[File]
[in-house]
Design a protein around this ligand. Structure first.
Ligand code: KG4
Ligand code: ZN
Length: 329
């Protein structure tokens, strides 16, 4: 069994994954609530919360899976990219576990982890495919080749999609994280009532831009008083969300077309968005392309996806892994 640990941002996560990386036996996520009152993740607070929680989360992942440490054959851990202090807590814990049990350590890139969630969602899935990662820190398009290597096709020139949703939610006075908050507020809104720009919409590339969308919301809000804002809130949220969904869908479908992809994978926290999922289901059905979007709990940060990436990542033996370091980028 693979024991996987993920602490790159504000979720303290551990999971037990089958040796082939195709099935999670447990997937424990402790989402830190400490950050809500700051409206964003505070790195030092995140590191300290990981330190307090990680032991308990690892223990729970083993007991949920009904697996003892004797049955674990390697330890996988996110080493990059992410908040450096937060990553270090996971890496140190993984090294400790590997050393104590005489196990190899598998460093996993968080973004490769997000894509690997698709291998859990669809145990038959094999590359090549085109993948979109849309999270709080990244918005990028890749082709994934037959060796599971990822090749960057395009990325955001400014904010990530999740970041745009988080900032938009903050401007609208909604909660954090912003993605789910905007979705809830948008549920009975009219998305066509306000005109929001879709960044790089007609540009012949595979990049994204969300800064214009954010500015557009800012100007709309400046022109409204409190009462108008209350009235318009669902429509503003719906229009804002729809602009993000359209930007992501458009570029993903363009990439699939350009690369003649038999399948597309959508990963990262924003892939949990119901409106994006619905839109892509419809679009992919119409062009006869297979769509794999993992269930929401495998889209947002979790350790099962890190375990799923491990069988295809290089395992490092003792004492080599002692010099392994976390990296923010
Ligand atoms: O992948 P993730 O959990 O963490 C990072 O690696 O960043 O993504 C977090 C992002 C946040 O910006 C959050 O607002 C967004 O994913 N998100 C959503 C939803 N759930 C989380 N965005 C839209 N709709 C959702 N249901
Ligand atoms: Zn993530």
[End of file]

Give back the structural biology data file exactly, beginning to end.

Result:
[in-house]
Design a protein around this ligand. Structure first.
Ligand code: KG4
Ligand code: ZN
Length: 329
């Protein structure tokens, strides 16, 4: 069994994954609530919360899976990219576990982890495919080749999609994280009532831009008083969300077309968005392309996806892994 640990941002996560990386036996996520009152993740607070929680989360992942440490054959851990202090807590814990049990350590890139969630969602899935990662820190398009290597096709020139949703939610006075908050507020809104720009919409590339969308919301809000804002809130949220969904869908479908992809994978926290999922289901059905979007709990940060990436990542033996370091980028 693979024991996987993920602490790159504000979720303290551990999971037990089958040796082939195709099935999670447990997937424990402790989402830190400490950050809500700051409206964003505070790195030092995140590191300290990981330190307090990680032991308990690892223990729970083993007991949920009904697996003892004797049955674990390697330890996988996110080493990059992410908040450096937060990553270090996971890496140190993984090294400790590997050393104590005489196990190899598998460093996993968080973004490769997000894509690997698709291998859990669809145990038959094999590359090549085109993948979109849309999270709080990244918005990028890749082709994934037959060796599971990822090749960057395009990325955001400014904010990530999740970041745009988080900032938009903050401007609208909604909660954090912003993605789910905007979705809830948008549920009975009219998305066509306000005109929001879709960044790089007609540009012949595979990049994204969300800064214009954010500015557009800012100007709309400046022109409204409190009462108008209350009235318009669902429509503003719906229009804002729809602009993000359209930007992501458009570029993903363009990439699939350009690369003649038999399948597309959508990963990262924003892939949990119901409106994006619905839109892509419809679009992919119409062009006869297979769509794999993992269930929401495998889209947002979790350790099962890190375990799923491990069988295809290089395992490092003792004492080599002692010099392994976390990296923010
Ligand atoms: O992948 P993730 O959990 O963490 C990072 O690696 O960043 O993504 C977090 C992002 C946040 O910006 C959050 O607002 C967004 O994913 N998100 C959503 C939803 N759930 C989380 N965005 C839209 N709709 C959702 N249901
Ligand atoms: Zn993530």